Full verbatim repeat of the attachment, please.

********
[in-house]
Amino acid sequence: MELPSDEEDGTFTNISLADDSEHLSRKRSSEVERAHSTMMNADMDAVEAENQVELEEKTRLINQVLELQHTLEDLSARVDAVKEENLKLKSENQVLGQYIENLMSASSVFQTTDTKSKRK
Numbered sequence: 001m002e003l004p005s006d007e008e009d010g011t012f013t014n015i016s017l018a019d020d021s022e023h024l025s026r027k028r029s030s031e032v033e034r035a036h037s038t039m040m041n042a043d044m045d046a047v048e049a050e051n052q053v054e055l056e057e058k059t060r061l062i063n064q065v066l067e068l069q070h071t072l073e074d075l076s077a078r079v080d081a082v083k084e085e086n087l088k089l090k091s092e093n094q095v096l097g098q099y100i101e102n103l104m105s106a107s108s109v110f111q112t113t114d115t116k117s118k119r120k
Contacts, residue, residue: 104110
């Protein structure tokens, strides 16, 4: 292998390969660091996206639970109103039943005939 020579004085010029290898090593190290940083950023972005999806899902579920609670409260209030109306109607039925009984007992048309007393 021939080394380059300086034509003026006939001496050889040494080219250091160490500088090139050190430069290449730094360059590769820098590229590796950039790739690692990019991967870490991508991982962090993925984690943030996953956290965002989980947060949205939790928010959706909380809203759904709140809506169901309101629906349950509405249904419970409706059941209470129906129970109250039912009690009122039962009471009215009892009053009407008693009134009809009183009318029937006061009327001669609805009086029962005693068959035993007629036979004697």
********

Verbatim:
[in-house]
Amino acid sequence: MELPSDEEDGTFTNISLADDSEHLSRKRSSEVERAHSTMMNADMDAVEAENQVELEEKTRLINQVLELQHTLEDLSARVDAVKEENLKLKSENQVLGQYIENLMSASSVFQTTDTKSKRK
Numbered sequence: 001m002e003l004p005s006d007e008e009d010g011t012f013t014n015i016s017l018a019d020d021s022e023h024l025s026r027k028r029s030s031e032v033e034r035a036h037s038t039m040m041n042a043d044m045d046a047v048e049a050e051n052q053v054e055l056e057e058k059t060r061l062i063n064q065v066l067e068l069q070h071t072l073e074d075l076s077a078r079v080d081a082v083k084e085e086n087l088k089l090k091s092e093n094q095v096l097g098q099y100i101e102n103l104m105s106a107s108s109v110f111q112t113t114d115t116k117s118k119r120k
Contacts, residue, residue: 104110
């Protein structure tokens, strides 16, 4: 292998390969660091996206639970109103039943005939 020579004085010029290898090593190290940083950023972005999806899902579920609670409260209030109306109607039925009984007992048309007393 021939080394380059300086034509003026006939001496050889040494080219250091160490500088090139050190430069290449730094360059590769820098590229590796950039790739690692990019991967870490991508991982962090993925984690943030996953956290965002989980947060949205939790928010959706909380809203759904709140809506169901309101629906349950509405249904419970409706059941209470129906129970109250039912009690009122039962009471009215009892009053009407008693009134009809009183009318029937006061009327001669609805009086029962005693068959035993007629036979004697």